Algorithms in a Nutshell (In a Nutshell (O'Reilly))
Creating robust software requires the use of efficient algorithms, but programmers seldom think about them until a problem occurs. Algorithms in a Nutshell describes a large number of existing algorithms for solving a variety of problems, and helps you select and implement the right algorithm for your needs - with just enough math to let you understand and analyze algorithm performance. With its focus on application, rather than theory, this book provides efficient code solutions in several programming languages that you can easily adapt to a specific project. Each major algorithm is presented in the style of a design pattern that includes information to help you understand why and when the algorithm is appropriate. With this book, you will: Solve a particular coding problem or improve on the performance of an existing solution Quickly locate algorithms that relate to the problems you want to solve, and determine why a particular algorithm is the right one to use Get algorithmic solutions in C, C++, Java, and Ruby with implementation tips Learn the expected performance of an algorithm, and the conditions it needs to perform at its best Discover the impact that similar design decisions have on different algorithms Learn advanced data structures to improve the efficiency of algorithms With Algorithms in a Nutshell, you'll learn how to improve the performance of key algorithms essential for the success of your software applications.
Its pedestrian title gives a very wrong first-impression!
By K. Jazayeri - December 12, 2008
In recent years I have found most other non-textbooks on algorithms to be uninteresting mainly for two reasons. First, there are books that are re-released periodically in a new "programming language du jour" without adding real value (some moving from Pascal to C/C++ to Python, Java or C#). The second group are books that are rather unimaginative collections of elementary information, often augmenting their bulk with lengthy pages of source code (touted as "ready-to-use", but never actually usable).
I almost didn't pay any attention to this book because its title struck me as rather mundane and pedestrian .... what an uncommonly false first-impression that turned out to be!
The is a well-written book and a great practical and usable one for working software developers at any skill or experience level. It starts with a condensed set of introductory material. It then covers the gamut of common and some not-so-common algorithms grouped by problems/tasks that do... read more
A great supplemental book on Algorithms
By calvinnme - October 25, 2008
This new book on algorithms from O'Reilly is a breath of fresh air. Most books on the subject fall into two categories: very dense tomes full of math and heavy on sometime unintelligible pseudocode, or books that basically just give you recipes without much understanding. The second category is the "give a man a fish" type, the first type is the "teach a man to fish, but use ALGOL to do it". Even the author, in his preface, recognizes that this is not the one book on algorithms you'd need if you were on a desert island. On a desert island you have plenty of time and you can carefully digest Cormen's Introduction to Algorithms. However, you're not on a desert island, are you? Thus this book is the link between Cormen's careful theoretical approach that takes time, and books that amount to code dumps.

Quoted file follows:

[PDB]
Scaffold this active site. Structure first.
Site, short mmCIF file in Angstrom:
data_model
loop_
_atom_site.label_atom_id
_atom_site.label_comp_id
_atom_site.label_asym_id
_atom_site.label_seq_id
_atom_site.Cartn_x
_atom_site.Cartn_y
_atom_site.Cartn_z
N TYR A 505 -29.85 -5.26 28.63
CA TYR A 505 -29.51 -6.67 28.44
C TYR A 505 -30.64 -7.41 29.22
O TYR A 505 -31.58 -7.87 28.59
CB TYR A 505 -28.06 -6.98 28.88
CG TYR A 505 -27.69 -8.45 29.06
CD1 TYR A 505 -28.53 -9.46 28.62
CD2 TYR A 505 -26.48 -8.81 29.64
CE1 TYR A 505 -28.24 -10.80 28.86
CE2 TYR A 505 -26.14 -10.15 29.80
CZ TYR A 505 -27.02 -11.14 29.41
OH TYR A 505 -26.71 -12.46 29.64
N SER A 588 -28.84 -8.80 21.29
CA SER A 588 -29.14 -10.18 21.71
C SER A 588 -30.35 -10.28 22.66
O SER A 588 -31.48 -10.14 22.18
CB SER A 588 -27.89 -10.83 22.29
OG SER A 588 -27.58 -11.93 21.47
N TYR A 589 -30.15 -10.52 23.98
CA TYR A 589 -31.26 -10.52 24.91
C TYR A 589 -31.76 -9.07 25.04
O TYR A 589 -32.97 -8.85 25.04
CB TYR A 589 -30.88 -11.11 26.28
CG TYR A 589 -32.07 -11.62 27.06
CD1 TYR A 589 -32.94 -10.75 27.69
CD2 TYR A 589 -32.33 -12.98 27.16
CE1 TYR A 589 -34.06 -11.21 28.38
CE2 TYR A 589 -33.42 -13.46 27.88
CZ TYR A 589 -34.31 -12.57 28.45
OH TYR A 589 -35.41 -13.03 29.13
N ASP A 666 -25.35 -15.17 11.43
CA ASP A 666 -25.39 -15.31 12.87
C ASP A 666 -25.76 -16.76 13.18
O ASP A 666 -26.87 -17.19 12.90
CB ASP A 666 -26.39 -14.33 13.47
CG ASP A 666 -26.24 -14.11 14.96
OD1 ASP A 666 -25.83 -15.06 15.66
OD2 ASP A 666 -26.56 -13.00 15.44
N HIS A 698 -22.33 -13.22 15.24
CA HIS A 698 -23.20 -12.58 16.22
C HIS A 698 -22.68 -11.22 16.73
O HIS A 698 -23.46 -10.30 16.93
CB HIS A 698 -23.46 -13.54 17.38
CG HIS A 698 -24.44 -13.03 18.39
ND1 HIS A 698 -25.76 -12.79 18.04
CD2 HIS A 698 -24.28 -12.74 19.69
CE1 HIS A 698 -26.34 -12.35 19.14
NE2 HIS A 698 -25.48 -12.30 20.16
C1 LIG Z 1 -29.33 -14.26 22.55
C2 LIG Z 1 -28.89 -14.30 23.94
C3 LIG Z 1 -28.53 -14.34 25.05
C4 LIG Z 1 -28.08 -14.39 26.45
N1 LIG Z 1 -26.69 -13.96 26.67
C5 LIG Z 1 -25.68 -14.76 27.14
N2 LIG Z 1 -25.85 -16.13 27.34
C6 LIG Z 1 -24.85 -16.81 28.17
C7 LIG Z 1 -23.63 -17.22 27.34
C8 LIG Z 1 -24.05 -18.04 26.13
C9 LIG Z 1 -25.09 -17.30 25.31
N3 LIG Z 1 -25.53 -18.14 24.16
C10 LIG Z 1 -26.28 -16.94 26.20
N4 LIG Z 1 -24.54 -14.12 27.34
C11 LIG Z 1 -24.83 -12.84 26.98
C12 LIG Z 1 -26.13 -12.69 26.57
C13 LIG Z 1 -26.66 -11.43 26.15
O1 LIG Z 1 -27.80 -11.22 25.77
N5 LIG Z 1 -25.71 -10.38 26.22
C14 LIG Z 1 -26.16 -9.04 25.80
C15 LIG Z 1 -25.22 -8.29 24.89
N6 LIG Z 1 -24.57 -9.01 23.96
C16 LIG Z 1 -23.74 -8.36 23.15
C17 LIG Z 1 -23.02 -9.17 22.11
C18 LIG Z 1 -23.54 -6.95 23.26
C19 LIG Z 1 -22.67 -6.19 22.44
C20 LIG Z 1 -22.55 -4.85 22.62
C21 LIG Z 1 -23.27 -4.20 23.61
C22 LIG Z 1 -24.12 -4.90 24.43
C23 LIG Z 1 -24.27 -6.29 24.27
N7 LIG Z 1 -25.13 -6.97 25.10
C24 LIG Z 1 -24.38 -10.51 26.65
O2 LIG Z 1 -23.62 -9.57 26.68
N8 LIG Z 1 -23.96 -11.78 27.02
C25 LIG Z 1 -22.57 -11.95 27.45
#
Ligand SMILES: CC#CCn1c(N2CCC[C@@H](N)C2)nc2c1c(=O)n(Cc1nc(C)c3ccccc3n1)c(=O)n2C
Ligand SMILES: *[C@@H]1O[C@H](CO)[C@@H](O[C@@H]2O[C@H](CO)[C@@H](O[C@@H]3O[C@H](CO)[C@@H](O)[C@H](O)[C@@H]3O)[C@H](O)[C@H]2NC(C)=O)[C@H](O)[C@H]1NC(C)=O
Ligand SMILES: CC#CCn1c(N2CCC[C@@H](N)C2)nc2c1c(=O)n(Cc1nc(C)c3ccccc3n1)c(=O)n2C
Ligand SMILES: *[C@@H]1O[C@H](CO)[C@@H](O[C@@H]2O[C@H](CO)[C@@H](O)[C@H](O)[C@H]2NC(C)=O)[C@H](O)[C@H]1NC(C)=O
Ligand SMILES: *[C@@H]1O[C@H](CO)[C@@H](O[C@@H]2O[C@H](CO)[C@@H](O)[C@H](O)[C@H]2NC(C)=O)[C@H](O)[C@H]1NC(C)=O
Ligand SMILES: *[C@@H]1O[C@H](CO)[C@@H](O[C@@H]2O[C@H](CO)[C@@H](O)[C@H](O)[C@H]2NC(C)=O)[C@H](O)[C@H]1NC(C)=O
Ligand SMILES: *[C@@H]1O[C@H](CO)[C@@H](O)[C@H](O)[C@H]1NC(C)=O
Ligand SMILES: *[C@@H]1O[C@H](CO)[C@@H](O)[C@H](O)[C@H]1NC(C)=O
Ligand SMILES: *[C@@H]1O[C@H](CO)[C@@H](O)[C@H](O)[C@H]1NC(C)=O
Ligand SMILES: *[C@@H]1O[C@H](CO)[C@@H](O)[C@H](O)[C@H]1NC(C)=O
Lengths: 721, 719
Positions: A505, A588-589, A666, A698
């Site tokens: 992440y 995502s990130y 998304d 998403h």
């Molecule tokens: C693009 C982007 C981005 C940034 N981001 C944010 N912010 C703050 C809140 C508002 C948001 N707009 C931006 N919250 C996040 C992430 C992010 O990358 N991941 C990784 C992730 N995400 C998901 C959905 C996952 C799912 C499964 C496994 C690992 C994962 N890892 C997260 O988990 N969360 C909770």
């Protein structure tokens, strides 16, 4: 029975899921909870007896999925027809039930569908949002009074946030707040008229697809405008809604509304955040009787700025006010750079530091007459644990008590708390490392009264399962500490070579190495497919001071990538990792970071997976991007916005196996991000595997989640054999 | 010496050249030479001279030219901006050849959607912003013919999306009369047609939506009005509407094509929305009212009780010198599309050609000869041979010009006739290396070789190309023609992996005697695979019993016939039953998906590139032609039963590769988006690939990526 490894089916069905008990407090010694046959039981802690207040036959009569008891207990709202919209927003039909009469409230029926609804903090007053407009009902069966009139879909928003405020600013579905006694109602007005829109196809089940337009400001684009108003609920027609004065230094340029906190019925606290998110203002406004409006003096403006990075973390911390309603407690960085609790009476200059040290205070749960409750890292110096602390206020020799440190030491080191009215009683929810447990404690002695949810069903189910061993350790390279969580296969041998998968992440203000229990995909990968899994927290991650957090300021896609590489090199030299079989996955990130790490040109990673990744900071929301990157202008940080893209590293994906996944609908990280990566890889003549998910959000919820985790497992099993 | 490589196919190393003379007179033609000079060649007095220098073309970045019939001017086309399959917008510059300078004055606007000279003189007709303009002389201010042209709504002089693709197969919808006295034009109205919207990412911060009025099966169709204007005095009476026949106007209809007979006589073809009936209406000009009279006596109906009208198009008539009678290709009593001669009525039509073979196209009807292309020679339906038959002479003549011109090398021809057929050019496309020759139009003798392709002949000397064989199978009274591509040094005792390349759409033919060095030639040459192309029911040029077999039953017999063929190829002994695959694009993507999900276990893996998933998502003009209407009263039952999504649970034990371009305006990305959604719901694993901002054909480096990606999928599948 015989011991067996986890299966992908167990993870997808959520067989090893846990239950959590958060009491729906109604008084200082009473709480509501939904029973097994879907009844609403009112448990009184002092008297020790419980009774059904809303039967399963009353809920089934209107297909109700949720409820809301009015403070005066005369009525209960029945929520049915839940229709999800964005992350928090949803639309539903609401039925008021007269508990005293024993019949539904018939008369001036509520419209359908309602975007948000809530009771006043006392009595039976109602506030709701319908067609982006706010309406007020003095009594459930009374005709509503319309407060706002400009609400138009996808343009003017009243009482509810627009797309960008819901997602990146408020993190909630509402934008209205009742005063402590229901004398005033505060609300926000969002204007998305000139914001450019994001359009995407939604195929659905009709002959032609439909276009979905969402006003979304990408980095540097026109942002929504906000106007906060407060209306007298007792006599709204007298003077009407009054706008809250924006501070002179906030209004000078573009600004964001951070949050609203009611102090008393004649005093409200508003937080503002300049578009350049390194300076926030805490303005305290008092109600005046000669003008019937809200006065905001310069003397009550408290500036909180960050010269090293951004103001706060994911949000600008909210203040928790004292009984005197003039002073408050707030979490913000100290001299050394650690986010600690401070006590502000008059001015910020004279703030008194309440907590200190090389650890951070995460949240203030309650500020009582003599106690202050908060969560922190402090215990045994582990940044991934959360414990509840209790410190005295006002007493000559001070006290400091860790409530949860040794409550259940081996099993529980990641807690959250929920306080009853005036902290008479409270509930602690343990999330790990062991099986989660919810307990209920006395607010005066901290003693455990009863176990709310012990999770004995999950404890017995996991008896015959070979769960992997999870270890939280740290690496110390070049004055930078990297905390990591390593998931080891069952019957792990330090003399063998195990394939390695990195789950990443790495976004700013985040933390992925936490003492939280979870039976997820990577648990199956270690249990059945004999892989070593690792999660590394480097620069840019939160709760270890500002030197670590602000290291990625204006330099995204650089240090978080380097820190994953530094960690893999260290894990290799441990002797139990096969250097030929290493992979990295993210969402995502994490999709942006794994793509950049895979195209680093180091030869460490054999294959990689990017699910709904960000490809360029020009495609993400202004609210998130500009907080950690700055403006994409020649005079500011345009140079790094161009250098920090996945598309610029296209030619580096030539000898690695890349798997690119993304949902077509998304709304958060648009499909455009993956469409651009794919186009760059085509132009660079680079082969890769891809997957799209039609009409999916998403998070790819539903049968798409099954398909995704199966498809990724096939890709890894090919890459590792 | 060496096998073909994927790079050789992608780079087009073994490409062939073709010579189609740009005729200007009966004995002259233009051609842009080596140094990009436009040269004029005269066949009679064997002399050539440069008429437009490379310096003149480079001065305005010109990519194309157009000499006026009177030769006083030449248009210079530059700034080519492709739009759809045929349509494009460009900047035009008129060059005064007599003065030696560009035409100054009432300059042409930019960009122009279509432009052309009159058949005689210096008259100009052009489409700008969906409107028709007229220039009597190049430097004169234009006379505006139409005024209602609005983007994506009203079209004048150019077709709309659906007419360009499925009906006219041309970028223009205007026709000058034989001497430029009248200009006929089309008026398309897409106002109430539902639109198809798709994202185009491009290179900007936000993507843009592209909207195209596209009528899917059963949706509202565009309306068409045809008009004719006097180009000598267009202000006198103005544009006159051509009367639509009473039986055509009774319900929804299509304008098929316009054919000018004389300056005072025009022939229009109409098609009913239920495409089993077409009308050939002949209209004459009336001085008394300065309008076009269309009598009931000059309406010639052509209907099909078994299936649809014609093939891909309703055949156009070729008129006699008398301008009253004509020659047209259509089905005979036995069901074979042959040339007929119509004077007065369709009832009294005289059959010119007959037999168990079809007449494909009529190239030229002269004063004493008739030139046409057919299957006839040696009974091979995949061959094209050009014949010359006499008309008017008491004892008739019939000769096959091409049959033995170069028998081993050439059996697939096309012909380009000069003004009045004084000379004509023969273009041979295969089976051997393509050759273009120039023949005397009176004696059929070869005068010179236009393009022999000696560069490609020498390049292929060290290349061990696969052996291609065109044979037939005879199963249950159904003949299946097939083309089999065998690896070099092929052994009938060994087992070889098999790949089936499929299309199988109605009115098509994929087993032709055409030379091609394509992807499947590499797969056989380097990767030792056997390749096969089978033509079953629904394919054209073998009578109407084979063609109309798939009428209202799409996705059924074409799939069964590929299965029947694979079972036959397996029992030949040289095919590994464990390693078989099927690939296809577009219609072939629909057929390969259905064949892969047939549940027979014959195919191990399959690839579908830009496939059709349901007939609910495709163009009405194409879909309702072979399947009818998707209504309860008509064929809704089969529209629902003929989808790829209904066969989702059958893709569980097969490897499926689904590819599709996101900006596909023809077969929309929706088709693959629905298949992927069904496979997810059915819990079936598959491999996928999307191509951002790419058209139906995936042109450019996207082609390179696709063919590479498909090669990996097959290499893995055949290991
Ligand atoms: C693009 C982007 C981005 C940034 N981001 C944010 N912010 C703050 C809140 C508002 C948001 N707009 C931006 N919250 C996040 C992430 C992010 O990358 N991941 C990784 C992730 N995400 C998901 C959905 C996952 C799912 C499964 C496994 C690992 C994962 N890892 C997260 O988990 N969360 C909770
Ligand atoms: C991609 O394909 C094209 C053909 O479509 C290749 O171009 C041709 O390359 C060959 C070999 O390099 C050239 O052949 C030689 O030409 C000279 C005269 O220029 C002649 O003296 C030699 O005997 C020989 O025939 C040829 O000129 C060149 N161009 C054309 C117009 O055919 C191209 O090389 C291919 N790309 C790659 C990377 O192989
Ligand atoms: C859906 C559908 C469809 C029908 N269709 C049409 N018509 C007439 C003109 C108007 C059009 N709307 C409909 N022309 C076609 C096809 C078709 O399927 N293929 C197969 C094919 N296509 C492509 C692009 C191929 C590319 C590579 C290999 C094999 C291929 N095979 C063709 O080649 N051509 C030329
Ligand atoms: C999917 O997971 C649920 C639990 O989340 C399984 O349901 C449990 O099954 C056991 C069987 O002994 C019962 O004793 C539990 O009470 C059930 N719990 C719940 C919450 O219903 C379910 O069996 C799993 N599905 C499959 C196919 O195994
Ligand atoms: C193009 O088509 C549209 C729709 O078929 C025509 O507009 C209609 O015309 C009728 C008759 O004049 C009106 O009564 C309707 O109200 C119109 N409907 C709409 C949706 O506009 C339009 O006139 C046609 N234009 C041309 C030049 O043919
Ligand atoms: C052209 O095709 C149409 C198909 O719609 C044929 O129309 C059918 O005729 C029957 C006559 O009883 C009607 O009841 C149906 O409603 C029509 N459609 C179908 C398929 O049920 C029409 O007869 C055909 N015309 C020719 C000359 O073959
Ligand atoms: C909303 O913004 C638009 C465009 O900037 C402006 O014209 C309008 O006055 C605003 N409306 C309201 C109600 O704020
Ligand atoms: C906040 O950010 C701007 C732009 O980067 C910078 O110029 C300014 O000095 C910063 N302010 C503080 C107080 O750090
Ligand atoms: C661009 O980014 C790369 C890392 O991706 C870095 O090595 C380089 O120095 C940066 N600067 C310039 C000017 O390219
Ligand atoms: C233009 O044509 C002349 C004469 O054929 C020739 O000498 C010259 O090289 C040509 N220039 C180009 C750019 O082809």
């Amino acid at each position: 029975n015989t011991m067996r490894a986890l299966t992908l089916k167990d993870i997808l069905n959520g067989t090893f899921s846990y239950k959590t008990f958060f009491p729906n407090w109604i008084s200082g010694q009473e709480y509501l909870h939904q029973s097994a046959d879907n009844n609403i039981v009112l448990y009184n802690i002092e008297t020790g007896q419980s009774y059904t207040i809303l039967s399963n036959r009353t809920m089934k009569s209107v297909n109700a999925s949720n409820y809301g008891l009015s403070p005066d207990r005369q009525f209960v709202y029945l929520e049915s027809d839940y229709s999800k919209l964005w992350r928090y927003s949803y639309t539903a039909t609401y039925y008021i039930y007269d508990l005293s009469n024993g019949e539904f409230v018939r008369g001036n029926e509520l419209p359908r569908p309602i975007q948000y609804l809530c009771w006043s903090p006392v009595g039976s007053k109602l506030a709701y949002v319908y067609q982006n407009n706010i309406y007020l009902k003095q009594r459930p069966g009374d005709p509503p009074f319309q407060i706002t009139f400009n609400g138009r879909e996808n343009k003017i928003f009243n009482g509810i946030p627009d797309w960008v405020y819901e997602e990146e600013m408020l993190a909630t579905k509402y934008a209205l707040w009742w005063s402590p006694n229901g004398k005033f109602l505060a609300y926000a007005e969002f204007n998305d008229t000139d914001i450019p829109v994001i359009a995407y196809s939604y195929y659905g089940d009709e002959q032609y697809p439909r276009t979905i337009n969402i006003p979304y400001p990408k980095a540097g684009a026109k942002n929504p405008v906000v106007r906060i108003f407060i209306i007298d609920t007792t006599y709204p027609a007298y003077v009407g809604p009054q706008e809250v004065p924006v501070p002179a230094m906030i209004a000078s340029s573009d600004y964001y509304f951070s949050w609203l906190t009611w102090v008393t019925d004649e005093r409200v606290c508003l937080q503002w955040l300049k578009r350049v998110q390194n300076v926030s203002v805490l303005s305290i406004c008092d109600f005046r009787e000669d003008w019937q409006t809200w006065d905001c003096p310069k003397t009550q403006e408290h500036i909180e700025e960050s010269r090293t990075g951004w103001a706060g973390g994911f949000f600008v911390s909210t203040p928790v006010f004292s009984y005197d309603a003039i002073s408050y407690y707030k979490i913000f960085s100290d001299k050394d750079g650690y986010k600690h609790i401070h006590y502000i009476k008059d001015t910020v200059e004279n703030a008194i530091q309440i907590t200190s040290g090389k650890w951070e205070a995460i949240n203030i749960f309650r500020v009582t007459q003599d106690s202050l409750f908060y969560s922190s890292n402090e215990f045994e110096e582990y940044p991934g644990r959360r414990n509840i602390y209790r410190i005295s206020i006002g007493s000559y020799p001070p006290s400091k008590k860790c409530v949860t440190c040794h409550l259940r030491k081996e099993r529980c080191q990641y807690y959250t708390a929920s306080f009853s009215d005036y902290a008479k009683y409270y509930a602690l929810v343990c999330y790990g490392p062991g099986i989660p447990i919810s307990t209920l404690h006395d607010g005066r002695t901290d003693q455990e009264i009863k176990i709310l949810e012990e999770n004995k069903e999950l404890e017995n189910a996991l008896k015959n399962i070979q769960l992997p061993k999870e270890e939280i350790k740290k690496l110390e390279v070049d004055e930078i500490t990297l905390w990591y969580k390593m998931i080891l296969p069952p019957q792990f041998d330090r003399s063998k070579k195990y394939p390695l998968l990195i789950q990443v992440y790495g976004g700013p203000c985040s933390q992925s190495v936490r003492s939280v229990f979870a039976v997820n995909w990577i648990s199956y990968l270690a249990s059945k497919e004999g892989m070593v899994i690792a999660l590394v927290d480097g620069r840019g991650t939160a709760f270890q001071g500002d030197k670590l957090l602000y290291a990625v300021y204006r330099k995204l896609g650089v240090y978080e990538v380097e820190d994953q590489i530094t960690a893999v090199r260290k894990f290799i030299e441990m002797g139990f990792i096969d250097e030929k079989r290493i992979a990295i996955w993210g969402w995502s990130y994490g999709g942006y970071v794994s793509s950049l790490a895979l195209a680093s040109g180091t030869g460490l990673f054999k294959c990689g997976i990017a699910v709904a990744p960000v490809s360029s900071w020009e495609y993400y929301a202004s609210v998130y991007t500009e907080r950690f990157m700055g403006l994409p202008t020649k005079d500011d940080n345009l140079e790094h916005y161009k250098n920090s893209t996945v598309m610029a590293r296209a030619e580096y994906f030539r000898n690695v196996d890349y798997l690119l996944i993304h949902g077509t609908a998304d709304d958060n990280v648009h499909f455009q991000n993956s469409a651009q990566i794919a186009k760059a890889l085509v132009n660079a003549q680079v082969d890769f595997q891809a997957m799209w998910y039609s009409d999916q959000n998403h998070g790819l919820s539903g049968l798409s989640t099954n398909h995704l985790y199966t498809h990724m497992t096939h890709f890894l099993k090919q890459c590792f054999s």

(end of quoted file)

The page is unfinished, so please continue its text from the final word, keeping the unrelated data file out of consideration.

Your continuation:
The first six chapters amount to supplements on the basics of Theory of Algorithm courses: mathematics foundations, sorting, searching, and graphing algorithms. The mathematics... read more
Delivers as advertised
By J. Pease - March 23, 2009
The book does not aim to be an introduction to, nor the definitive encyclopedia on, the subject of algorithms.
It is intended, as advertised on the cover, as "A Desktop Quick Reference". In the Preface it states that the goal is to provide a useful tool for working programmers to find good solutions to the problems they solve.
As a self-taught programmer I am finding this book interesting to better understand the various ways that the same problem can be solved, and the pros and cons of each. While the book is mainly intended to help programmers review and select appropriate algorithms for a problem at hand, I am using it as a study guide and have enjoyed it as such thus far. While it doesn't exactly make for light reading, each algorithm is considered individually, which makes for a decent size chunk of information which can be considered independently.
Multiple languages (C, C++, Java, Ruby) are used throughout the book in demonstrating the... read more
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